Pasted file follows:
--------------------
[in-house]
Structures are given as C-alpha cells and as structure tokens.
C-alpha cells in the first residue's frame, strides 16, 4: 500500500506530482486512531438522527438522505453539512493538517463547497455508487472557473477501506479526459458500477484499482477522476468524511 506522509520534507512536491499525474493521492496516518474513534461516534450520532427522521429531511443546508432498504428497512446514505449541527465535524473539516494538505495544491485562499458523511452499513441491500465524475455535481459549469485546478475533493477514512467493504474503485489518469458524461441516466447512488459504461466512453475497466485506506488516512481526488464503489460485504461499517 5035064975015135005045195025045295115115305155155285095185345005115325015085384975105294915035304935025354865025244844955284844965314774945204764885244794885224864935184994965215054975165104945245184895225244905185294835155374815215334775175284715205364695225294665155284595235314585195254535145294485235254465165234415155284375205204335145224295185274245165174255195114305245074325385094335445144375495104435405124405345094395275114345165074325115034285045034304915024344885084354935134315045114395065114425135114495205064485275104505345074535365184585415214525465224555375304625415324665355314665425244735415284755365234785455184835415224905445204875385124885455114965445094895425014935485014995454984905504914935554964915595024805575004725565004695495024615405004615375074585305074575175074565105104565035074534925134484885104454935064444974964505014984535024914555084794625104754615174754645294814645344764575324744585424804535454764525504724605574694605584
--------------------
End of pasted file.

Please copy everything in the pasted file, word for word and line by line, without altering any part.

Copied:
[in-house]
Structures are given as C-alpha cells and as structure tokens.
C-alpha cells in the first residue's frame, strides 16, 4: 500500500506530482486512531438522527438522505453539512493538517463547497455508487472557473477501506479526459458500477484499482477522476468524511 506522509520534507512536491499525474493521492496516518474513534461516534450520532427522521429531511443546508432498504428497512446514505449541527465535524473539516494538505495544491485562499458523511452499513441491500465524475455535481459549469485546478475533493477514512467493504474503485489518469458524461441516466447512488459504461466512453475497466485506506488516512481526488464503489460485504461499517 5035064975015135005045195025045295115115305155155285095185345005115325015085384975105294915035304935025354865025244844955284844965314774945204764885244794885224864935184994965215054975165104945245184895225244905185294835155374815215334775175284715205364695225294665155284595235314585195254535145294485235254465165234415155284375205204335145224295185274245165174255195114305245074325385094335445144375495104435405124405345094395275114345165074325115034285045034304915024344885084354935134315045114395065114425135114495205064485275104505345074535365184585415214525465224555375304625415324665355314665425244735415284755365234785455184835415224905445204875385124885455114965445094895425014935485014995454984905504914935554964915595024805575004725565004695495024615405004615375074585305074575175074565105104565035074534925134484885104454935064444974964505014984535024914555084794625104754615174754645294814645344764575324744585424804535454764525504724605574694605584